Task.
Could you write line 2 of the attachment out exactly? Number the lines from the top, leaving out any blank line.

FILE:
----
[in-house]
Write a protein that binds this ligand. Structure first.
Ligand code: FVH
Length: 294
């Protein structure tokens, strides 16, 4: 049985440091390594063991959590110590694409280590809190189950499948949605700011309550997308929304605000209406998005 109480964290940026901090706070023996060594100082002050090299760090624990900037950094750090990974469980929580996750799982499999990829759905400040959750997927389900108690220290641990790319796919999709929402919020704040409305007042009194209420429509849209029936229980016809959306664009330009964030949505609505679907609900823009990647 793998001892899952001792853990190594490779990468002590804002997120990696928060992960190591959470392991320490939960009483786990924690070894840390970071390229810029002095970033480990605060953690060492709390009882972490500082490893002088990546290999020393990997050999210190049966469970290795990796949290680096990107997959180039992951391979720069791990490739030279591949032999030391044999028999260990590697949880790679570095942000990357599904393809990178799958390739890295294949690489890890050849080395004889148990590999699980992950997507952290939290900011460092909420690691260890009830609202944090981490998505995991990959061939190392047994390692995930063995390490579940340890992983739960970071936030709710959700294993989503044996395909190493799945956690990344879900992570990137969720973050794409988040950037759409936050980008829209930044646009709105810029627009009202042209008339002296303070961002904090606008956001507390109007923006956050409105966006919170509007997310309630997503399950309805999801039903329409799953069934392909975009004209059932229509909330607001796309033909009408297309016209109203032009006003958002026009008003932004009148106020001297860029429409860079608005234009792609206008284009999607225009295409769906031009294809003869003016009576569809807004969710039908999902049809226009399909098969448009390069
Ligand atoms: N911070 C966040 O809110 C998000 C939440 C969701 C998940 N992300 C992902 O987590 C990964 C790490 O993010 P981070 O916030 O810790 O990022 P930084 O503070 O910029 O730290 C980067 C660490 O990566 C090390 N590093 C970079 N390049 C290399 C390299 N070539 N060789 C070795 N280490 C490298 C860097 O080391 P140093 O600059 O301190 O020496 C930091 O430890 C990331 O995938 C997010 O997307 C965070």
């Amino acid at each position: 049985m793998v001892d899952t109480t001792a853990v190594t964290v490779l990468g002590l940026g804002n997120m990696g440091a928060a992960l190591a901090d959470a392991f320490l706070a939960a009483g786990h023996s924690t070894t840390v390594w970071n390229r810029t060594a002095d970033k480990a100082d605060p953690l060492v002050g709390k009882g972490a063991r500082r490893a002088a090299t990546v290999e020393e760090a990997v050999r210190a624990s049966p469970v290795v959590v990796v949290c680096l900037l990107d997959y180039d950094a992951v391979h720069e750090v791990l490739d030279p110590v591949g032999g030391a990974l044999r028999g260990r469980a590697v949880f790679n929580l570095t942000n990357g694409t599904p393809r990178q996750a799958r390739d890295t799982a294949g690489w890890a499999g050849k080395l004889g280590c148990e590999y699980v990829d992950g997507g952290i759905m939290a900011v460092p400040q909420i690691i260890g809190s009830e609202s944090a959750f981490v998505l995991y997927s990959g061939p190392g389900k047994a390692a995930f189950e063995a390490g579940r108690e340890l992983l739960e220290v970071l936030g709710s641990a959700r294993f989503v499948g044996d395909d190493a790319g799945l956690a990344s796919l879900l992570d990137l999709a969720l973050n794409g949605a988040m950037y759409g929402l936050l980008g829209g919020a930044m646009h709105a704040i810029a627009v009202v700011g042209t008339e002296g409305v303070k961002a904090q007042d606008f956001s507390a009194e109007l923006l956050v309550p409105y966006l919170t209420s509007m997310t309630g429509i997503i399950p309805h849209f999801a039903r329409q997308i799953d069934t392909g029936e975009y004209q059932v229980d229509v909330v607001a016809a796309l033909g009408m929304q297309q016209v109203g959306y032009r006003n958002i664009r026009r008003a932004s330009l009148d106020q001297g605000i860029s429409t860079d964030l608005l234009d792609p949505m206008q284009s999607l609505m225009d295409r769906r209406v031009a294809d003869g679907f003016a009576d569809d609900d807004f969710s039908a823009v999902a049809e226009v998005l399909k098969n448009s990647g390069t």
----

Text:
Write a protein that binds this ligand. Structure first.